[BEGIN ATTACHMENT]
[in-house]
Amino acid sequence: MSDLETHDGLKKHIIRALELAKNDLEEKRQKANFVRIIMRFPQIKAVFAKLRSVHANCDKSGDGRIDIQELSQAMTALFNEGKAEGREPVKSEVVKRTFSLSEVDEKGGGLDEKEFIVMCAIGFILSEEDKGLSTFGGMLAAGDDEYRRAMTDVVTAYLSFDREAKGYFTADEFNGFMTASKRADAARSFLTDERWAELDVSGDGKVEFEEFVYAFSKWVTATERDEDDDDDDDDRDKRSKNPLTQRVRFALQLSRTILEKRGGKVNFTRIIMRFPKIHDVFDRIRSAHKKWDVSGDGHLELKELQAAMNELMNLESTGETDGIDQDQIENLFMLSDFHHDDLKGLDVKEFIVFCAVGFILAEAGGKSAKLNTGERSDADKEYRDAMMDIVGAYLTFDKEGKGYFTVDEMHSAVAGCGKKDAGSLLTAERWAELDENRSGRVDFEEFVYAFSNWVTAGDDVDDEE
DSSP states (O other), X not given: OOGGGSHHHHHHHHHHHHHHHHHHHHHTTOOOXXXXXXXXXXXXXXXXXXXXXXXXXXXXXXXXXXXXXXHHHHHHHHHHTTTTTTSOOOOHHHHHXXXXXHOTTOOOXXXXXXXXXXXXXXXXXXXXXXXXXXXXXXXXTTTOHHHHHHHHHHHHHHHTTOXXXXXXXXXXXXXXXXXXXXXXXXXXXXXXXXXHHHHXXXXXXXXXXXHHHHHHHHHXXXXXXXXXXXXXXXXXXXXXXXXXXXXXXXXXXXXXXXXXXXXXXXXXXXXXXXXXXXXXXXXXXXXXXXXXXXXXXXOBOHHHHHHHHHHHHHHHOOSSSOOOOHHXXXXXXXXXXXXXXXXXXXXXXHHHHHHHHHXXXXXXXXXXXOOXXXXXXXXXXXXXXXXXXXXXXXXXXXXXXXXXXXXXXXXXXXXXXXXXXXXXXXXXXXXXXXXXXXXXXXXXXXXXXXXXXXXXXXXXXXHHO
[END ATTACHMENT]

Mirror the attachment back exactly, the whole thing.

[in-house]
Amino acid sequence: MSDLETHDGLKKHIIRALELAKNDLEEKRQKANFVRIIMRFPQIKAVFAKLRSVHANCDKSGDGRIDIQELSQAMTALFNEGKAEGREPVKSEVVKRTFSLSEVDEKGGGLDEKEFIVMCAIGFILSEEDKGLSTFGGMLAAGDDEYRRAMTDVVTAYLSFDREAKGYFTADEFNGFMTASKRADAARSFLTDERWAELDVSGDGKVEFEEFVYAFSKWVTATERDEDDDDDDDDRDKRSKNPLTQRVRFALQLSRTILEKRGGKVNFTRIIMRFPKIHDVFDRIRSAHKKWDVSGDGHLELKELQAAMNELMNLESTGETDGIDQDQIENLFMLSDFHHDDLKGLDVKEFIVFCAVGFILAEAGGKSAKLNTGERSDADKEYRDAMMDIVGAYLTFDKEGKGYFTVDEMHSAVAGCGKKDAGSLLTAERWAELDENRSGRVDFEEFVYAFSNWVTAGDDVDDEE
DSSP states (O other), X not given: OOGGGSHHHHHHHHHHHHHHHHHHHHHTTOOOXXXXXXXXXXXXXXXXXXXXXXXXXXXXXXXXXXXXXXHHHHHHHHHHTTTTTTSOOOOHHHHHXXXXXHOTTOOOXXXXXXXXXXXXXXXXXXXXXXXXXXXXXXXXTTTOHHHHHHHHHHHHHHHTTOXXXXXXXXXXXXXXXXXXXXXXXXXXXXXXXXXHHHHXXXXXXXXXXXHHHHHHHHHXXXXXXXXXXXXXXXXXXXXXXXXXXXXXXXXXXXXXXXXXXXXXXXXXXXXXXXXXXXXXXXXXXXXXXXXXXXXXXXOBOHHHHHHHHHHHHHHHOOSSSOOOOHHXXXXXXXXXXXXXXXXXXXXXXHHHHHHHHHXXXXXXXXXXXOOXXXXXXXXXXXXXXXXXXXXXXXXXXXXXXXXXXXXXXXXXXXXXXXXXXXXXXXXXXXXXXXXXXXXXXXXXXXXXXXXXXXXXXXXXXXHHO